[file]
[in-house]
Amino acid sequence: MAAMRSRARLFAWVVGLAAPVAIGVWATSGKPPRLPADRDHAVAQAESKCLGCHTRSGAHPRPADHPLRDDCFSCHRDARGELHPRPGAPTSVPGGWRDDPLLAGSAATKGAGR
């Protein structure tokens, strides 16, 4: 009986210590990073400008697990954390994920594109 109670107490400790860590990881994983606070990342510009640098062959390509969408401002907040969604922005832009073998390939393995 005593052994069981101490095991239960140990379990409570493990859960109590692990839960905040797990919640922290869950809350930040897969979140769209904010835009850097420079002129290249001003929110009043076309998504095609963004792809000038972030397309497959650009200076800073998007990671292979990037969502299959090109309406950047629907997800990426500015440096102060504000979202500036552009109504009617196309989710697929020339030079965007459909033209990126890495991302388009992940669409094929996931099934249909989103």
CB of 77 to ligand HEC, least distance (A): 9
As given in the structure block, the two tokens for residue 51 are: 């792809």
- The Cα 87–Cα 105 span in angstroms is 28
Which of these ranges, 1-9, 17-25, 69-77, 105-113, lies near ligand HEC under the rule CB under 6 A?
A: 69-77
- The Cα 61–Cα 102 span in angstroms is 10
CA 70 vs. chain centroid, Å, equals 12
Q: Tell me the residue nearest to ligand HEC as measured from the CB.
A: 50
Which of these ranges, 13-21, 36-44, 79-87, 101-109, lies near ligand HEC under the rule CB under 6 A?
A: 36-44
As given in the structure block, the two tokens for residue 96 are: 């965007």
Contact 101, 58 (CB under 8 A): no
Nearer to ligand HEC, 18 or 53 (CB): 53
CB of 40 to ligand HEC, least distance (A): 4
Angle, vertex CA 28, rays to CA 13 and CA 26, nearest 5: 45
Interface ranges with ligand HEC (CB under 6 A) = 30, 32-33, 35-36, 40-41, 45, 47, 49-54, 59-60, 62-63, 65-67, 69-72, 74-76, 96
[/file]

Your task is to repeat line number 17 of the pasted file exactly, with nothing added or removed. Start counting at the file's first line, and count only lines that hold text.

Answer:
Nearer to ligand HEC, 18 or 53 (CB): 53